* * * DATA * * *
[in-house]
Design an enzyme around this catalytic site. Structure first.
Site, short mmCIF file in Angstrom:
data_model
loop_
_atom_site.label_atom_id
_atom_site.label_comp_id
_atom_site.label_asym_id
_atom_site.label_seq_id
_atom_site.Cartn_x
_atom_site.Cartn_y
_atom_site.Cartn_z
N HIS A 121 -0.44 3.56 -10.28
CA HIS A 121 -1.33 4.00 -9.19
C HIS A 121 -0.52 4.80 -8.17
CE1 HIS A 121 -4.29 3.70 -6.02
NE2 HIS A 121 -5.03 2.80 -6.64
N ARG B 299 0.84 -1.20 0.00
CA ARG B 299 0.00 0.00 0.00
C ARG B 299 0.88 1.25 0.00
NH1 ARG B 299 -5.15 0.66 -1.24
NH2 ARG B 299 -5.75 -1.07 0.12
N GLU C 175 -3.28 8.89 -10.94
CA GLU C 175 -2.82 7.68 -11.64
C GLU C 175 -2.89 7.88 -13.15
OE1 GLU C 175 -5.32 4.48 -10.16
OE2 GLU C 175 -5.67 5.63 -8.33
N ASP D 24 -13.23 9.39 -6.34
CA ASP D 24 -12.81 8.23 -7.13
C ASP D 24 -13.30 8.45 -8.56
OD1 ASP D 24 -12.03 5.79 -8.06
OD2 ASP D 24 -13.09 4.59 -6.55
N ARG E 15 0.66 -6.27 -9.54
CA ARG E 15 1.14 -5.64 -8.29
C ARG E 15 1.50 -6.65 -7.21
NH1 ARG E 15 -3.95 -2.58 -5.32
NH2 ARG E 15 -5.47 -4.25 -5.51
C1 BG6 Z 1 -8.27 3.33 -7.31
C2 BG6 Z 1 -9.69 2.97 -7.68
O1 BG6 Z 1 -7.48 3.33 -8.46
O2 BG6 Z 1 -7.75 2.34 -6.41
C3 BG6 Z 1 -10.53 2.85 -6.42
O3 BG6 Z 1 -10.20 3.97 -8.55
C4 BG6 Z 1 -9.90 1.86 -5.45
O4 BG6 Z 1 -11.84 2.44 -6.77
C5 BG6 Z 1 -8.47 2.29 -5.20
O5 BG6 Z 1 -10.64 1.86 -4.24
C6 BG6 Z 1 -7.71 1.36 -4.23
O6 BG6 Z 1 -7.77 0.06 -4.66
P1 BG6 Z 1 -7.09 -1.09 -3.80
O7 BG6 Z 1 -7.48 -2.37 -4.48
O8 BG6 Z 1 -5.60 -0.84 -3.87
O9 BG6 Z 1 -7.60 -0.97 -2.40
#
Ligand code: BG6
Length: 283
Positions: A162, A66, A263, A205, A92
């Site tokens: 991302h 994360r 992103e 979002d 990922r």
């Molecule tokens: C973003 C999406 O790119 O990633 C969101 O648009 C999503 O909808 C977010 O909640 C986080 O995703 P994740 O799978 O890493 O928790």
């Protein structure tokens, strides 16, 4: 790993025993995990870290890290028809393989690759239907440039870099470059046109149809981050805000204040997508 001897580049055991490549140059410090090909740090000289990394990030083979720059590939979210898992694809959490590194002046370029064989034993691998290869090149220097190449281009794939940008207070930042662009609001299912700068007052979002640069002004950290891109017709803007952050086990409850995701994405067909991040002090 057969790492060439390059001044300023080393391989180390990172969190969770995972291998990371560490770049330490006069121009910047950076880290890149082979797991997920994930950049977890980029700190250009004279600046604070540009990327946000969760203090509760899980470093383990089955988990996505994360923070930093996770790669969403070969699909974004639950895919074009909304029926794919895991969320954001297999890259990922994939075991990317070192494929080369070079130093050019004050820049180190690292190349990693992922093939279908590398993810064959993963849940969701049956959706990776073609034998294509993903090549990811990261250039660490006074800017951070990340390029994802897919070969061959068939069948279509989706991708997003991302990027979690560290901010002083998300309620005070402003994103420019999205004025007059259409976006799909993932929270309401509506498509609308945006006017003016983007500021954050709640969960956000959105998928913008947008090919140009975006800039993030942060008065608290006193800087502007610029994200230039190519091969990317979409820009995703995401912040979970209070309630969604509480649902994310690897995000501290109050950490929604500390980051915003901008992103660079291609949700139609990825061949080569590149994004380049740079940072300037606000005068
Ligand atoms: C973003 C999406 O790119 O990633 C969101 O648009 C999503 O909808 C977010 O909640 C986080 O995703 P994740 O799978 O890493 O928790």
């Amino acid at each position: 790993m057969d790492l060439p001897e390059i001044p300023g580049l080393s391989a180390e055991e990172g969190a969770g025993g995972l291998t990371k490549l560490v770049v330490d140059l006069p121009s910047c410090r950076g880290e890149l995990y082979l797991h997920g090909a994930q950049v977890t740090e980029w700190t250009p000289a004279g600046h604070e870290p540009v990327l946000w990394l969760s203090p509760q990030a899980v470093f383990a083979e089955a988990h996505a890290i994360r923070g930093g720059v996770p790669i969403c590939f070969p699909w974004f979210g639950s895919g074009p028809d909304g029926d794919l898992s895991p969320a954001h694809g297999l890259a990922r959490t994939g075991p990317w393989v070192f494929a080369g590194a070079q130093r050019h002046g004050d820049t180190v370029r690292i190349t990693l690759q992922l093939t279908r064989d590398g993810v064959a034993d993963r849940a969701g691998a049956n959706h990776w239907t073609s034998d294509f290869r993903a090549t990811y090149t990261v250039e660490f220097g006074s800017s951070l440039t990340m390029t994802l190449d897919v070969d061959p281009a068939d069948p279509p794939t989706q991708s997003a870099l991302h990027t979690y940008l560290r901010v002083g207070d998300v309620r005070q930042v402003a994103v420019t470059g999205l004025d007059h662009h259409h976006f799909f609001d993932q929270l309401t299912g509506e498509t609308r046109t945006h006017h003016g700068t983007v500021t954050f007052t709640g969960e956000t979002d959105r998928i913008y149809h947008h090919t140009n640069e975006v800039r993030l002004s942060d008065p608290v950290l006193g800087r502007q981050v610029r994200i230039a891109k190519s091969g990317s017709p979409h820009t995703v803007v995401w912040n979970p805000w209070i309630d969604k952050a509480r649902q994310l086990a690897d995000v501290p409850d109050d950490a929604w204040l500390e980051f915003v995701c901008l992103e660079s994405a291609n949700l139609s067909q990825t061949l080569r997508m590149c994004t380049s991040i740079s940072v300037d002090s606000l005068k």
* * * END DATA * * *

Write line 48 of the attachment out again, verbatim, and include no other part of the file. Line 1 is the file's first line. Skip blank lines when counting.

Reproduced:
C6 BG6 Z 1 -7.71 1.36 -4.23